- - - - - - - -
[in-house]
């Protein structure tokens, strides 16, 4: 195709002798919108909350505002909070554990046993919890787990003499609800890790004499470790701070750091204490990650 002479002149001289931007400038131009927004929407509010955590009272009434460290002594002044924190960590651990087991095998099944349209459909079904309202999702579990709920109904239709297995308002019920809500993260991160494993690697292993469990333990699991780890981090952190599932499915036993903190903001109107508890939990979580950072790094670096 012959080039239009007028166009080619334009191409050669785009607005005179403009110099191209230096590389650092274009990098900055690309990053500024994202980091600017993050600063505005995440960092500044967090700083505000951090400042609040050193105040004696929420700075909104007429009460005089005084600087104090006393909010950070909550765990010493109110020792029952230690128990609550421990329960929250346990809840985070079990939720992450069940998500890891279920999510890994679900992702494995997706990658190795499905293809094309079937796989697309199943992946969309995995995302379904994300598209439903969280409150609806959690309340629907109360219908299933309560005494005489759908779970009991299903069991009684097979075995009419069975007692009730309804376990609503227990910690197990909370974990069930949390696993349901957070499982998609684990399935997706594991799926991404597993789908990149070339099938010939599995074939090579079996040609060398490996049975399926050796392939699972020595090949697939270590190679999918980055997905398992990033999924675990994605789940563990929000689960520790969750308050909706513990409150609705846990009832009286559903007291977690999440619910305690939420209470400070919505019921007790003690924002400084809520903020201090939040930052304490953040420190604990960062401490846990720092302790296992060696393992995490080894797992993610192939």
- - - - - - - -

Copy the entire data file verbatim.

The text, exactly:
[in-house]
């Protein structure tokens, strides 16, 4: 195709002798919108909350505002909070554990046993919890787990003499609800890790004499470790701070750091204490990650 002479002149001289931007400038131009927004929407509010955590009272009434460290002594002044924190960590651990087991095998099944349209459909079904309202999702579990709920109904239709297995308002019920809500993260991160494993690697292993469990333990699991780890981090952190599932499915036993903190903001109107508890939990979580950072790094670096 012959080039239009007028166009080619334009191409050669785009607005005179403009110099191209230096590389650092274009990098900055690309990053500024994202980091600017993050600063505005995440960092500044967090700083505000951090400042609040050193105040004696929420700075909104007429009460005089005084600087104090006393909010950070909550765990010493109110020792029952230690128990609550421990329960929250346990809840985070079990939720992450069940998500890891279920999510890994679900992702494995997706990658190795499905293809094309079937796989697309199943992946969309995995995302379904994300598209439903969280409150609806959690309340629907109360219908299933309560005494005489759908779970009991299903069991009684097979075995009419069975007692009730309804376990609503227990910690197990909370974990069930949390696993349901957070499982998609684990399935997706594991799926991404597993789908990149070339099938010939599995074939090579079996040609060398490996049975399926050796392939699972020595090949697939270590190679999918980055997905398992990033999924675990994605789940563990929000689960520790969750308050909706513990409150609705846990009832009286559903007291977690999440619910305690939420209470400070919505019921007790003690924002400084809520903020201090939040930052304490953040420190604990960062401490846990720092302790296992060696393992995490080894797992993610192939």